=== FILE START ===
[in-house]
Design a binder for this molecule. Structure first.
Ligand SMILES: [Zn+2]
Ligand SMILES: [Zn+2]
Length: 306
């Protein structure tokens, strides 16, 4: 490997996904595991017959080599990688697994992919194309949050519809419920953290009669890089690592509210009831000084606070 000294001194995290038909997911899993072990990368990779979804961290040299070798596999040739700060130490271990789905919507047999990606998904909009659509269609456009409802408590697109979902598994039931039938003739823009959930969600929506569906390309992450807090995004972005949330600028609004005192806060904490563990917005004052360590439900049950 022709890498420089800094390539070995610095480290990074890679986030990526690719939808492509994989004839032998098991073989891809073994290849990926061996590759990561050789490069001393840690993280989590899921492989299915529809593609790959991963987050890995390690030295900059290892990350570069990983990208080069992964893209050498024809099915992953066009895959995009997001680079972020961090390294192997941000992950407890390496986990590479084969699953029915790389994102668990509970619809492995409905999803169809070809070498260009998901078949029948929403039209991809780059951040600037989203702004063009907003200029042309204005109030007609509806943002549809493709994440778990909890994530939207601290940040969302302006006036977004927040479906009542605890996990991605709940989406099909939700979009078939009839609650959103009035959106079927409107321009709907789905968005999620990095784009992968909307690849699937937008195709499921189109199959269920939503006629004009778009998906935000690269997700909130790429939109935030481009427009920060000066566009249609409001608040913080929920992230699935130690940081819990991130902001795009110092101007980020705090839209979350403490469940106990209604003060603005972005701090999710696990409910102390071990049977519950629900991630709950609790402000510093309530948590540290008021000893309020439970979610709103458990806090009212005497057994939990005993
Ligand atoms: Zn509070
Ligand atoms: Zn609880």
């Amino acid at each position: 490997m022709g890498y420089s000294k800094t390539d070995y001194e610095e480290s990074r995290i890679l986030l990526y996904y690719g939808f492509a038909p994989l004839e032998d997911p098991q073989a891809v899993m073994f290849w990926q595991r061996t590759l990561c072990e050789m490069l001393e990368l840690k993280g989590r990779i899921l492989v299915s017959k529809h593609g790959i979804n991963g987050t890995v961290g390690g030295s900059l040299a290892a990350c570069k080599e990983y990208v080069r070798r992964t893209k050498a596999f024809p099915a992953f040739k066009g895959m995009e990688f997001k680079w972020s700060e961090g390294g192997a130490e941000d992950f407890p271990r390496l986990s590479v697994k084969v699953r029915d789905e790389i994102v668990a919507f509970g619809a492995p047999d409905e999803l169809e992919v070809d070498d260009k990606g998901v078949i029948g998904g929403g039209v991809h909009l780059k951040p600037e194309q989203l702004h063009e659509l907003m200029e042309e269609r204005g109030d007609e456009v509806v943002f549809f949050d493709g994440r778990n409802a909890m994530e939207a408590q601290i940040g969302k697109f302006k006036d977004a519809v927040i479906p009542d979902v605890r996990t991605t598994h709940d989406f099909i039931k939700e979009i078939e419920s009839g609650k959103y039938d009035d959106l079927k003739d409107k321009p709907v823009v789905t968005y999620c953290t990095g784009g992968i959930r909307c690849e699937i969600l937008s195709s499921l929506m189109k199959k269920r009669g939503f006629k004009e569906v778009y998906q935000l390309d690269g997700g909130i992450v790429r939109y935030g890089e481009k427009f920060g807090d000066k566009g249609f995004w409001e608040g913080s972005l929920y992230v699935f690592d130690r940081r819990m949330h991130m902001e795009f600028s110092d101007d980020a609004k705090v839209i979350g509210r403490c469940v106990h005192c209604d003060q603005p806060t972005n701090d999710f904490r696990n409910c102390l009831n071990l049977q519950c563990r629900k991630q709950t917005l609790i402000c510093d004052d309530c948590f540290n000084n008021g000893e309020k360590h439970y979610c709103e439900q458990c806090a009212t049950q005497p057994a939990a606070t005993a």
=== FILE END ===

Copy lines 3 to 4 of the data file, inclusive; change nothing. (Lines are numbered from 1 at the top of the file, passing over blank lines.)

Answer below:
Ligand SMILES: [Zn+2]
Ligand SMILES: [Zn+2]